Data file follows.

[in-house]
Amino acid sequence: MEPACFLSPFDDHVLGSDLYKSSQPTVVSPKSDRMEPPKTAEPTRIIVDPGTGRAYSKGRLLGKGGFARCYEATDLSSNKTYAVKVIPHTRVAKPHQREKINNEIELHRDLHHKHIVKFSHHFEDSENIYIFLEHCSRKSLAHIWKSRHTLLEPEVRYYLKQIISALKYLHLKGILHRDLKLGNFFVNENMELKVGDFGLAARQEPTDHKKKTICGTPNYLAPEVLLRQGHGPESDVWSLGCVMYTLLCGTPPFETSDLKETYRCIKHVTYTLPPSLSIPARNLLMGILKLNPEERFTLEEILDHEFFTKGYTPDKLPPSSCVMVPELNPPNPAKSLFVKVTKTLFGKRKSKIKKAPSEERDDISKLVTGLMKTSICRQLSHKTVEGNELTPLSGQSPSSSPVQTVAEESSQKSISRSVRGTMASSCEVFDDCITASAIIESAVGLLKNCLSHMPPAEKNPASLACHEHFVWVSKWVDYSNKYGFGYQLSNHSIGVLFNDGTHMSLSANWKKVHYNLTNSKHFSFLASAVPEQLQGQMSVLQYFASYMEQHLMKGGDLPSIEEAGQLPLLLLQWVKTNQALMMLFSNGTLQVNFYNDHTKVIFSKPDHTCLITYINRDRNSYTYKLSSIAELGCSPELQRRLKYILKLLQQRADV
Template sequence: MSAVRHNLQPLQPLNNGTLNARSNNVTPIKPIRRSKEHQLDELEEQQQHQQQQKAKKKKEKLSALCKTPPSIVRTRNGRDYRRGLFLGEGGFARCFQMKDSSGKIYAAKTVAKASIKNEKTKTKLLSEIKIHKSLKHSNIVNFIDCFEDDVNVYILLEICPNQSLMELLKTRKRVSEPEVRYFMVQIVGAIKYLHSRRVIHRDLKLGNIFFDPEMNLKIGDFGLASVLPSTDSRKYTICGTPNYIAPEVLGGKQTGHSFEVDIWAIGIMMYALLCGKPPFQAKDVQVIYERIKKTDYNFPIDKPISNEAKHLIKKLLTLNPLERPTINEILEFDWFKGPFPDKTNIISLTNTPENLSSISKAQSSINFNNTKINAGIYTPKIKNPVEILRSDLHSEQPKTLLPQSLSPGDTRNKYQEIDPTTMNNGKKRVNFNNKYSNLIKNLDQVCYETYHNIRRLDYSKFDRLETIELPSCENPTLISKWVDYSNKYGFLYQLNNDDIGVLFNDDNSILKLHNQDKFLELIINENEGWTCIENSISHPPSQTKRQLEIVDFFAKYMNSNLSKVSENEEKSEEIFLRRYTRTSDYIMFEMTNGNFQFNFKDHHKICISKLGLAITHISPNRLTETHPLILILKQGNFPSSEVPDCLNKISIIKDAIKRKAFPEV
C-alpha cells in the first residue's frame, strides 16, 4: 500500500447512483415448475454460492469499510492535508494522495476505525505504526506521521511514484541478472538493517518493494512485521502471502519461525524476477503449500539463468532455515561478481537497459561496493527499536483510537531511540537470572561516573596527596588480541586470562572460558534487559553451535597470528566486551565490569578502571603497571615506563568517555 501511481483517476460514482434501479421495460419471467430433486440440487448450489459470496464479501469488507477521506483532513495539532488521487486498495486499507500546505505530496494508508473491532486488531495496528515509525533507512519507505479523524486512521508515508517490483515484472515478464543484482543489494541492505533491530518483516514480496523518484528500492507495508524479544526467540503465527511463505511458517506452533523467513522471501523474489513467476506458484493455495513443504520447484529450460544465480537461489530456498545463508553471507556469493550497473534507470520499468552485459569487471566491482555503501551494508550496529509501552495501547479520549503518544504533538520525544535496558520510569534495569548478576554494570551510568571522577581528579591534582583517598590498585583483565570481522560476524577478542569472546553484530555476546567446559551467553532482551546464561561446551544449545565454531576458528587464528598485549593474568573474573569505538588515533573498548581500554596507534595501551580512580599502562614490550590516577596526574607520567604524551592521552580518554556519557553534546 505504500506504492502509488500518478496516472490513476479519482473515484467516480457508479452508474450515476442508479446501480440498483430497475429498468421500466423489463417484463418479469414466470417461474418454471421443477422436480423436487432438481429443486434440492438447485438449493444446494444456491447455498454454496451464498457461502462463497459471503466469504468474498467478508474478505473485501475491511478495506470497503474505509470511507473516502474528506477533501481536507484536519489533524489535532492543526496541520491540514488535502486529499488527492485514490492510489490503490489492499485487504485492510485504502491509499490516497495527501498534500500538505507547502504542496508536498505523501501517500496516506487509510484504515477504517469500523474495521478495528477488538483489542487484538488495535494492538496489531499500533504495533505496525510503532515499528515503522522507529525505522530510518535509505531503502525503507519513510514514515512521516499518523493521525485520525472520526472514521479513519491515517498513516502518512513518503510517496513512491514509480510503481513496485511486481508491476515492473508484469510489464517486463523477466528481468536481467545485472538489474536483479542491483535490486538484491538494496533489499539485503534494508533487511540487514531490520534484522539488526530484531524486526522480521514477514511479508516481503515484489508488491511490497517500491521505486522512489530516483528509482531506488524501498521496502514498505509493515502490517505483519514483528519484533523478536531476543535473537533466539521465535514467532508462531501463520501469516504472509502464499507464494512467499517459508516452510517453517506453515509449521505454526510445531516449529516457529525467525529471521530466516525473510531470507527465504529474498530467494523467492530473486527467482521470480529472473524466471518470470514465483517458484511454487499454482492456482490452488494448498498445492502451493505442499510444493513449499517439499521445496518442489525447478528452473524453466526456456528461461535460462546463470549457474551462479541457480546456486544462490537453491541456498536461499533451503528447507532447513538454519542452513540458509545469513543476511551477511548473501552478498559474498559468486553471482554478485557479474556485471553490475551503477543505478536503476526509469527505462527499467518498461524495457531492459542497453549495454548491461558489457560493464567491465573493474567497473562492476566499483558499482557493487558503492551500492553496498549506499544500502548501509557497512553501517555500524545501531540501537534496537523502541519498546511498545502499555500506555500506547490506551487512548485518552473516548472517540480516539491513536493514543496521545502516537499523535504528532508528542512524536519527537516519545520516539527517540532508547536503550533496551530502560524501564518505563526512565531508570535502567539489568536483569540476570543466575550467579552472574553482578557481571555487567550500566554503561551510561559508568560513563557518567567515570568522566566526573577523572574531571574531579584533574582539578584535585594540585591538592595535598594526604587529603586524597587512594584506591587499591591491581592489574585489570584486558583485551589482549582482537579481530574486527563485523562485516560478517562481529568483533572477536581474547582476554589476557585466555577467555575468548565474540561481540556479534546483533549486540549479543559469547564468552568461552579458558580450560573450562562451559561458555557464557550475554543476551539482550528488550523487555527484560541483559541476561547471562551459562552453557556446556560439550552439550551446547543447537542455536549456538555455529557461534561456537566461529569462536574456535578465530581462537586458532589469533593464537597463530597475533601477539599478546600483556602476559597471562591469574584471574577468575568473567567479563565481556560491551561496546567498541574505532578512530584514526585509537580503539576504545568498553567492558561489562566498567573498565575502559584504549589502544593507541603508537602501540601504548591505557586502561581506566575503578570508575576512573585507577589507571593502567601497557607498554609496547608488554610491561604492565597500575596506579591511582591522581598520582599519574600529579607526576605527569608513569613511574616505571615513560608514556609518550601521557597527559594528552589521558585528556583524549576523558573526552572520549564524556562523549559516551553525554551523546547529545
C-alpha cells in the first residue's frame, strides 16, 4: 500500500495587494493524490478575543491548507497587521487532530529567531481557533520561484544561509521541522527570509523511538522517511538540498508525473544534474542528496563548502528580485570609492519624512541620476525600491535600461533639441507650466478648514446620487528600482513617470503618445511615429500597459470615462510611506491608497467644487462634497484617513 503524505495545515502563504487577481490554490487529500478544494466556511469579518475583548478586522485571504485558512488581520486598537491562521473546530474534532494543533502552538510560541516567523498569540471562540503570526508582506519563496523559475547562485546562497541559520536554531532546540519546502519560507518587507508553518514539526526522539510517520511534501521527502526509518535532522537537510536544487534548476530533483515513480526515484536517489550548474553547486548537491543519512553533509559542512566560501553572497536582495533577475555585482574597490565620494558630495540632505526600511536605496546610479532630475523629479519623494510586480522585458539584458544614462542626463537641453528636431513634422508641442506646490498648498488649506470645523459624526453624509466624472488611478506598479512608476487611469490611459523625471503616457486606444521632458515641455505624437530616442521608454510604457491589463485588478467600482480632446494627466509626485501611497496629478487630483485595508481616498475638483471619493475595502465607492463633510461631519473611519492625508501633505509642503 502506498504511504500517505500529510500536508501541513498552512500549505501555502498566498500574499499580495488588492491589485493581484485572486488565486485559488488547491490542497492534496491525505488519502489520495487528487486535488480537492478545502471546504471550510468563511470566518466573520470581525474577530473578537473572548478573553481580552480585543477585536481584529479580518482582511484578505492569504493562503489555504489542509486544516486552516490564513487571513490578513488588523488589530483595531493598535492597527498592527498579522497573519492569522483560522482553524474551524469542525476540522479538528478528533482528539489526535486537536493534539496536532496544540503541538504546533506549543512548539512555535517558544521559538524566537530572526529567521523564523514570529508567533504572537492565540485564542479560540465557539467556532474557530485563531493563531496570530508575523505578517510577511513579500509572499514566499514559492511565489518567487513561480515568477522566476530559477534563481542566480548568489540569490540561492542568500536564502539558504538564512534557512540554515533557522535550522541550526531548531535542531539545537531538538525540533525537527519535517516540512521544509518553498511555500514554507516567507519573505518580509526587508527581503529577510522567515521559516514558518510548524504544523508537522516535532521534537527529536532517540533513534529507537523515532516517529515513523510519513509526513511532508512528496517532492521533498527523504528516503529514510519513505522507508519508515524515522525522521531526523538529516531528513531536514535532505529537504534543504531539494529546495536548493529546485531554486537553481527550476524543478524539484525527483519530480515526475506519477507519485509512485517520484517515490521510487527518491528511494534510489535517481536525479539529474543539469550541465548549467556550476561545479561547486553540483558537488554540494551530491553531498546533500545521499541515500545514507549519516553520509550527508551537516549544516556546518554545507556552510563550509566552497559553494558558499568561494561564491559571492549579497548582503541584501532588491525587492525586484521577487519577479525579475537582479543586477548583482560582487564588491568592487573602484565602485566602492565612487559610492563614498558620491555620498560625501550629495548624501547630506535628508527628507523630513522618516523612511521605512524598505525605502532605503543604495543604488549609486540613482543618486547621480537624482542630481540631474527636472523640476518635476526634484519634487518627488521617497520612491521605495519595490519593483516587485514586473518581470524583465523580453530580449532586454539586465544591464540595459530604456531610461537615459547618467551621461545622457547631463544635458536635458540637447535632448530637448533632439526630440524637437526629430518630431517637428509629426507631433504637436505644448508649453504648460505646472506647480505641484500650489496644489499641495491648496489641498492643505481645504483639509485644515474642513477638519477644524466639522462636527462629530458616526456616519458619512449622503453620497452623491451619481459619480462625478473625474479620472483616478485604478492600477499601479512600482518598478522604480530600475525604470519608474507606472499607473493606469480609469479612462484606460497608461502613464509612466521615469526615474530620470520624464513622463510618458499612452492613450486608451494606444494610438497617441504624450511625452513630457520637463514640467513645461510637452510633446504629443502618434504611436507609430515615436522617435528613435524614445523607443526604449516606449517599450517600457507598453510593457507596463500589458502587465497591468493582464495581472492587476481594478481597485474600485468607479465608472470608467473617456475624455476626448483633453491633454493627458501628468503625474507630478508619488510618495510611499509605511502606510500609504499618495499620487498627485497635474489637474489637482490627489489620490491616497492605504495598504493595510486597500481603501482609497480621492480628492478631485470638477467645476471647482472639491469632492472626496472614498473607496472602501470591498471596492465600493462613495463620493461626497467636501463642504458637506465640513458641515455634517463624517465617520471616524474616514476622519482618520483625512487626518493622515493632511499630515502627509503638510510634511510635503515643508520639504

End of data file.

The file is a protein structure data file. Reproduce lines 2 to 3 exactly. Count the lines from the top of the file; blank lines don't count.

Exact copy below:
Amino acid sequence: MEPACFLSPFDDHVLGSDLYKSSQPTVVSPKSDRMEPPKTAEPTRIIVDPGTGRAYSKGRLLGKGGFARCYEATDLSSNKTYAVKVIPHTRVAKPHQREKINNEIELHRDLHHKHIVKFSHHFEDSENIYIFLEHCSRKSLAHIWKSRHTLLEPEVRYYLKQIISALKYLHLKGILHRDLKLGNFFVNENMELKVGDFGLAARQEPTDHKKKTICGTPNYLAPEVLLRQGHGPESDVWSLGCVMYTLLCGTPPFETSDLKETYRCIKHVTYTLPPSLSIPARNLLMGILKLNPEERFTLEEILDHEFFTKGYTPDKLPPSSCVMVPELNPPNPAKSLFVKVTKTLFGKRKSKIKKAPSEERDDISKLVTGLMKTSICRQLSHKTVEGNELTPLSGQSPSSSPVQTVAEESSQKSISRSVRGTMASSCEVFDDCITASAIIESAVGLLKNCLSHMPPAEKNPASLACHEHFVWVSKWVDYSNKYGFGYQLSNHSIGVLFNDGTHMSLSANWKKVHYNLTNSKHFSFLASAVPEQLQGQMSVLQYFASYMEQHLMKGGDLPSIEEAGQLPLLLLQWVKTNQALMMLFSNGTLQVNFYNDHTKVIFSKPDHTCLITYINRDRNSYTYKLSSIAELGCSPELQRRLKYILKLLQQRADV
Template sequence: MSAVRHNLQPLQPLNNGTLNARSNNVTPIKPIRRSKEHQLDELEEQQQHQQQQKAKKKKEKLSALCKTPPSIVRTRNGRDYRRGLFLGEGGFARCFQMKDSSGKIYAAKTVAKASIKNEKTKTKLLSEIKIHKSLKHSNIVNFIDCFEDDVNVYILLEICPNQSLMELLKTRKRVSEPEVRYFMVQIVGAIKYLHSRRVIHRDLKLGNIFFDPEMNLKIGDFGLASVLPSTDSRKYTICGTPNYIAPEVLGGKQTGHSFEVDIWAIGIMMYALLCGKPPFQAKDVQVIYERIKKTDYNFPIDKPISNEAKHLIKKLLTLNPLERPTINEILEFDWFKGPFPDKTNIISLTNTPENLSSISKAQSSINFNNTKINAGIYTPKIKNPVEILRSDLHSEQPKTLLPQSLSPGDTRNKYQEIDPTTMNNGKKRVNFNNKYSNLIKNLDQVCYETYHNIRRLDYSKFDRLETIELPSCENPTLISKWVDYSNKYGFLYQLNNDDIGVLFNDDNSILKLHNQDKFLELIINENEGWTCIENSISHPPSQTKRQLEIVDFFAKYMNSNLSKVSENEEKSEEIFLRRYTRTSDYIMFEMTNGNFQFNFKDHHKICISKLGLAITHISPNRLTETHPLILILKQGNFPSSEVPDCLNKISIIKDAIKRKAFPEV